Friday, November 18, 2016

Bridge over calming waters at Vancouver's Capilano Bridge Park

Cookie and Keller enjoy the view from high atop the trees on "Cliffwalk," one of several adventures at
Capilano Suspension Bridge Park in Vancouver, B.C. The bridge has attracted crowds for a century plus.

Tourists from around the world visit Vancouver's Capilano Suspension
Bridge Park to commune with nature via bridges, trails, tree houses.

The Capilano Suspension Bridge Park offers a full day
of adventures, climbs, walks, totems, history and birds.
WHEN A CLEVER Scottish engineer conceived of the idea of a bridge across the Capilano River in West Vancouver, B.C., people laughed. He'd admired the river, had fished for trout and salmon in it, watched raptors swoop down to take their dinner from it.  He wanted to share its wonders with his friends, so devised a bridge of hemp ropes and cedar planks.  People loved it!
The bridge was originally built in 1889 by Mackay, an enterprising developer and park commissioner in Vancouver. His hemp and cedar creation was replaced with a sturdier wire cable bridge in 1903. In 1910 Edward Mahon purchased the Capilano Suspension Bridge, which has been reinforced and updated through the decades and is now visited by nearly 900,000 adventure seekers a year.
A great horned owl is one of the stars of "Raptor's Ridge." 
WE WERE among hundreds to spend a lovely autumn day on the 450-foot long bridge, finding it indeed "reassuringly wobbly" as  the brochure promises.  We also got up close and Climb with us in Sydney, Auckland
personal with legendary birds of prey, listening to a fascinating naturalist-trainer describe his devotion to the great horned owl and Harris hawk in a delightful sanctuary for rescued birds, "Raptor's Ridge."  We even took the scary "Cliffwalk," a suspended walkway along sheer granite cliff faces several hundred feet above the river.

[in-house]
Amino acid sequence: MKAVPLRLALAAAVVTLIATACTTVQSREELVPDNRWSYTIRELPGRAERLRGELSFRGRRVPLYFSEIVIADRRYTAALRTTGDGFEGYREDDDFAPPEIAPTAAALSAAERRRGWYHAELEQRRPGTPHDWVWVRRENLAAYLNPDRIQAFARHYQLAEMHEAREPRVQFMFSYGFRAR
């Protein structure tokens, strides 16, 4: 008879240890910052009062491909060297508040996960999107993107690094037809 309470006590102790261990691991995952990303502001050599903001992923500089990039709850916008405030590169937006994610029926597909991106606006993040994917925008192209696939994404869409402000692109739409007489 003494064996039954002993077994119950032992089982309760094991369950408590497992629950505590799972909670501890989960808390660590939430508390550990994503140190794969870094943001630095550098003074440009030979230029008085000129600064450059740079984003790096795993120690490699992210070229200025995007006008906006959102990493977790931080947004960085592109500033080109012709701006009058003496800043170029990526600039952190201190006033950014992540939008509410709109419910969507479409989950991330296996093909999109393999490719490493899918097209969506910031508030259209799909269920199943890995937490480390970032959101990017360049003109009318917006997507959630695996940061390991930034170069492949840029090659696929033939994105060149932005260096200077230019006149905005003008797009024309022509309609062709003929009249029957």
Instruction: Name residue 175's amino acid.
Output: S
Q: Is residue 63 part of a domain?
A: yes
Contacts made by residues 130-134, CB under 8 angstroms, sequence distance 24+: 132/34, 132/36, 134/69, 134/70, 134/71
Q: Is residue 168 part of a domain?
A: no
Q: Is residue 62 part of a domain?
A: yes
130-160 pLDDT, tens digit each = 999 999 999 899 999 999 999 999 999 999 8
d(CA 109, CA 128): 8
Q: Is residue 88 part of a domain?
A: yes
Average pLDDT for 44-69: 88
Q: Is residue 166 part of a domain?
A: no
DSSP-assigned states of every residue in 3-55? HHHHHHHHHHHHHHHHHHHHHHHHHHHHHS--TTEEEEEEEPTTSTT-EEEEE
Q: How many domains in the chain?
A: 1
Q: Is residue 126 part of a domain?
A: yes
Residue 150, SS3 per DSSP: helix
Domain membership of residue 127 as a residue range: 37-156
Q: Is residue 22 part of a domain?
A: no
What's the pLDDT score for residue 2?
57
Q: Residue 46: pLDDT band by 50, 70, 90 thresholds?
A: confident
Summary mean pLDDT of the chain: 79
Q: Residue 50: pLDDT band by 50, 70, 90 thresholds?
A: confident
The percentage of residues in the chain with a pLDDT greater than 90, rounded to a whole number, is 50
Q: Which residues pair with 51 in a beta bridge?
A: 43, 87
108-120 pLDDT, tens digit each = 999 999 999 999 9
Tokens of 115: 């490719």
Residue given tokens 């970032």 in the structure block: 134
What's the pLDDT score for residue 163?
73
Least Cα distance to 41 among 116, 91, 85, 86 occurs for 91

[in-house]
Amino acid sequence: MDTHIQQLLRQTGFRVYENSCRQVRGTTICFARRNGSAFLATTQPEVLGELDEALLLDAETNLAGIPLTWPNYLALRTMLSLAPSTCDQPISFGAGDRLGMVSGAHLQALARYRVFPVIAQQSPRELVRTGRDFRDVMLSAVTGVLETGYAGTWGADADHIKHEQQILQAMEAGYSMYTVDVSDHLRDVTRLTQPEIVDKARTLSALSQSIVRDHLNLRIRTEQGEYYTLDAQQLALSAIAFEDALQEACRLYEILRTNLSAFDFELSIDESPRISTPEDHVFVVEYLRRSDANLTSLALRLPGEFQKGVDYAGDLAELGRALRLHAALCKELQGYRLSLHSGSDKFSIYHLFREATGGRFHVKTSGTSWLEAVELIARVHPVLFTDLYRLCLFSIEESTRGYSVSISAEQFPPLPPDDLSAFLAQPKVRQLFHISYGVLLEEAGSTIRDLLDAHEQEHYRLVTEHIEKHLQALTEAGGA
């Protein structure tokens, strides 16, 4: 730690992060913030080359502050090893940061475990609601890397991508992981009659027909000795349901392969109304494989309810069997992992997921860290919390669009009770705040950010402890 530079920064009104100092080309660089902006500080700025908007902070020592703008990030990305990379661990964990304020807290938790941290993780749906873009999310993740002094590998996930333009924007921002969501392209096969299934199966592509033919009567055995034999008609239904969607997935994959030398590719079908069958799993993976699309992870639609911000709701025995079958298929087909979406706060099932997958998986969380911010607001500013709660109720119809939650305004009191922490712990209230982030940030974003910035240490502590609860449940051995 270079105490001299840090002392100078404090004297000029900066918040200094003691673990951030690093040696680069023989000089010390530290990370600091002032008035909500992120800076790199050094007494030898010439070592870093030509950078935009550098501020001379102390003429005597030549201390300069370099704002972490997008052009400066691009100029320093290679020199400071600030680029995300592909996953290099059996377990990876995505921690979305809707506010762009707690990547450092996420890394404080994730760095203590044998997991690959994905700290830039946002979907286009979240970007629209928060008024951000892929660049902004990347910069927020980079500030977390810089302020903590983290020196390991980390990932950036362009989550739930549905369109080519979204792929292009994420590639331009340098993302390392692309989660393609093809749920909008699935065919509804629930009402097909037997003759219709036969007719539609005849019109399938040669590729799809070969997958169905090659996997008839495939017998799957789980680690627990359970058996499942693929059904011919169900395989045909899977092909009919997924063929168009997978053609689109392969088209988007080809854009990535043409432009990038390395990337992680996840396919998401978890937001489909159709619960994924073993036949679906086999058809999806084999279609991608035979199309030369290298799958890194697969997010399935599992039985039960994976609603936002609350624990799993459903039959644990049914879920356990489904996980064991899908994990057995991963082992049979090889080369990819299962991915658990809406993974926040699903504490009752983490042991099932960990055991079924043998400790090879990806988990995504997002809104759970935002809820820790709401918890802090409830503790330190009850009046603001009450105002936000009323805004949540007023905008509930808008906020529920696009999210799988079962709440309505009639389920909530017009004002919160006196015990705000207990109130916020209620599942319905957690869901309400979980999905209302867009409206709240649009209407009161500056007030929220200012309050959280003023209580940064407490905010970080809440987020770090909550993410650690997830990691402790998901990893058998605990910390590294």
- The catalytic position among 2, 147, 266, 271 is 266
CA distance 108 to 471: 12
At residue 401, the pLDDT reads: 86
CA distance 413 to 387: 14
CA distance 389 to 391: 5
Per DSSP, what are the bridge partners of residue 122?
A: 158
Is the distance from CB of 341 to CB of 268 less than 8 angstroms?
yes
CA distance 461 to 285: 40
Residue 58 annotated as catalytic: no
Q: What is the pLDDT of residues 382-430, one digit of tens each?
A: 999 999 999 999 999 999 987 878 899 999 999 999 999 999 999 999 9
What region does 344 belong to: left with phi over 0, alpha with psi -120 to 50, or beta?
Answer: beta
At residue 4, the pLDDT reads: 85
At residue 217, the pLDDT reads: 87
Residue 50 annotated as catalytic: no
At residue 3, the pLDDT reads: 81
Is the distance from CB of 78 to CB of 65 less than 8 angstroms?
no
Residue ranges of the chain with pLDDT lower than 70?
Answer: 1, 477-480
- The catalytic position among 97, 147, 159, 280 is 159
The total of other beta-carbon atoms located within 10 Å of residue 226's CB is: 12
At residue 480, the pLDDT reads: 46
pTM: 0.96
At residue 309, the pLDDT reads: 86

The gorgeous site was first admired by developer Mackay in 1888, when he purchased 24 square kilometres of old growth forest on both sides of the Capilano River just north of the city. Enchanted by the views, he was also an early-day environmentalist. He was 65 when he built a simple cabin at the southern edge of the canyon, hoping to stem the trend of logging which he saw all around him.
Determined to protect his beloved recreational property on the river's north shore, he took up residency and became a constant presence.
THE BRIDGE idea was his way of consolidating the two halves of his property. Vintage photos show the ladies hitching up their skirts to make the rickety walk. I was in jeans, but still found the experience daunting. The bridge sways and moves and kids jumped on it to frighten one another -- and me! "Heart-stopping," the guide predicted.  Not quite, but for this newly converted climber, now with six bridges under my climber's belt, I  admit it made my palms and forehead sweat.
Keller peeks out from behind a First Nations totem at the park.
It is one of several intricately carved totems telling native people stories.
The Capilano Suspension Bridge Park is a wonderful place for an outing by anyone who is moderately fit. It is much loved by locals and tourists alike and is, by many accounts, the most visited site in British Columbia, Canada. The well designed experience begins with a look at First Nations totems, then a wonderfully curated display of photos and memorabilia to bring to life the stories of the bridge and park's invention.  
Visitors commune with nature, high
atop the trees on various walkways
and bridges into the rain forest.

Butterflies delight tourists from around the world, in Canada's 
appealing Victoria Butterfly Gardens in British Columbia.

UP  NEXT: Butterflies enchant
Cookie wherever she travels, since one landed on her nose when she was three, on a visit to her great aunt Lilian's farm in Kansas. But we're not in Kansas anymore -- we're at Victoria, B.C.'s Butterfly Gardens, with more than two dozen types of wondrous butterflies, plus some carnivorous plants, gorgeous moths, noisy parrots, well fed tortoises and flamingos. Remember to explore, learn and live and catch us weekends when we post another story about our nature- and arts-driven globe trotting


  1. We caught the first bridge climb these adventure rs dared. This is a grand and original idea. Climb on.

  2. I couldn't begin to do such a climb but tip my "scardey cat hat" to these intrepid, lively two.